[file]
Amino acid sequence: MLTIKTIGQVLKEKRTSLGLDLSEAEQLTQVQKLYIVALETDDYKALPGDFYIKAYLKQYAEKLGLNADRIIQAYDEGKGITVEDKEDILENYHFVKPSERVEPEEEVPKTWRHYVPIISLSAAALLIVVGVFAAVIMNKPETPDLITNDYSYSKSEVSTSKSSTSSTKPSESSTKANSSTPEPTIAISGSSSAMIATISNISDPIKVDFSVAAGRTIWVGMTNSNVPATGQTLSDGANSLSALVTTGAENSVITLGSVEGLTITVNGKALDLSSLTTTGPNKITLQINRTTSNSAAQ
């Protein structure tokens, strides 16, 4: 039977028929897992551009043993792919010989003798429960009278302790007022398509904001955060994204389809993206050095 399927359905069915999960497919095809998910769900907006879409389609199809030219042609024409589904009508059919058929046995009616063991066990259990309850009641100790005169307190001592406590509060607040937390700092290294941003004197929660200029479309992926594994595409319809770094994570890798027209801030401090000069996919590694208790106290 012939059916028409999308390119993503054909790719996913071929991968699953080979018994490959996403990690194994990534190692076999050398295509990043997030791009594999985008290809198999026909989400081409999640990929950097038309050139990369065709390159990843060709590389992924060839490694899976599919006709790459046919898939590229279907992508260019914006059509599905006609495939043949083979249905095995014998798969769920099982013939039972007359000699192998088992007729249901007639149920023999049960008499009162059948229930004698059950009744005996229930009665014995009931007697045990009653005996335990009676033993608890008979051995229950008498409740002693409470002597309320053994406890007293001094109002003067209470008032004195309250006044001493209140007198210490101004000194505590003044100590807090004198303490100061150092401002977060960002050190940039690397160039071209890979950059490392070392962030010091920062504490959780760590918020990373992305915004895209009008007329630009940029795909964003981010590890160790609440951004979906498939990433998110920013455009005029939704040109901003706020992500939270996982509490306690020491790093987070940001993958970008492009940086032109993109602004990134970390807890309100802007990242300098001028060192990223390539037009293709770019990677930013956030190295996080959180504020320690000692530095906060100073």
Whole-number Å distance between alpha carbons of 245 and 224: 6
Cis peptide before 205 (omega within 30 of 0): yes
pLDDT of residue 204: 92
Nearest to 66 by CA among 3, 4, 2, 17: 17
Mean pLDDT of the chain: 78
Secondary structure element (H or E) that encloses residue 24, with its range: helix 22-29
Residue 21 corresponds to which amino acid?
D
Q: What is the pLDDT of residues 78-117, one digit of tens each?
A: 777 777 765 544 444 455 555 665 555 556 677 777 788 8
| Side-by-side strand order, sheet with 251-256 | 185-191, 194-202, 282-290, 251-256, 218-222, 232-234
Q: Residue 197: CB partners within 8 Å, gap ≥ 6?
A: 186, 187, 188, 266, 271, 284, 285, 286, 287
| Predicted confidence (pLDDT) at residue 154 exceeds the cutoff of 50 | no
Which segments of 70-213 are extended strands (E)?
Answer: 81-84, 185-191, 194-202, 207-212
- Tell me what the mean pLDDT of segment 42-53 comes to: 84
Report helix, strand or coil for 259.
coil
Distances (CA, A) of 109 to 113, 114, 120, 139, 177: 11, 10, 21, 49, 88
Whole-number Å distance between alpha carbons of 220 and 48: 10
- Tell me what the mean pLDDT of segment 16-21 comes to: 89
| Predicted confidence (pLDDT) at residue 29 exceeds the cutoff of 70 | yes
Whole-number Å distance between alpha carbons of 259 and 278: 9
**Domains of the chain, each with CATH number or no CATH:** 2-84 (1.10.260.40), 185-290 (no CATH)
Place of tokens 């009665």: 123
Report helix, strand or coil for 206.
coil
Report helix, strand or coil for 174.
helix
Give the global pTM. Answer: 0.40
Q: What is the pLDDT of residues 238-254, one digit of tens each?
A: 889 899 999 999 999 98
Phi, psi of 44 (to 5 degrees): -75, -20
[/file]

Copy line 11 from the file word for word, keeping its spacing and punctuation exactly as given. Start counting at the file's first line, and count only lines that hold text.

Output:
Q: What is the pLDDT of residues 78-117, one digit of tens each?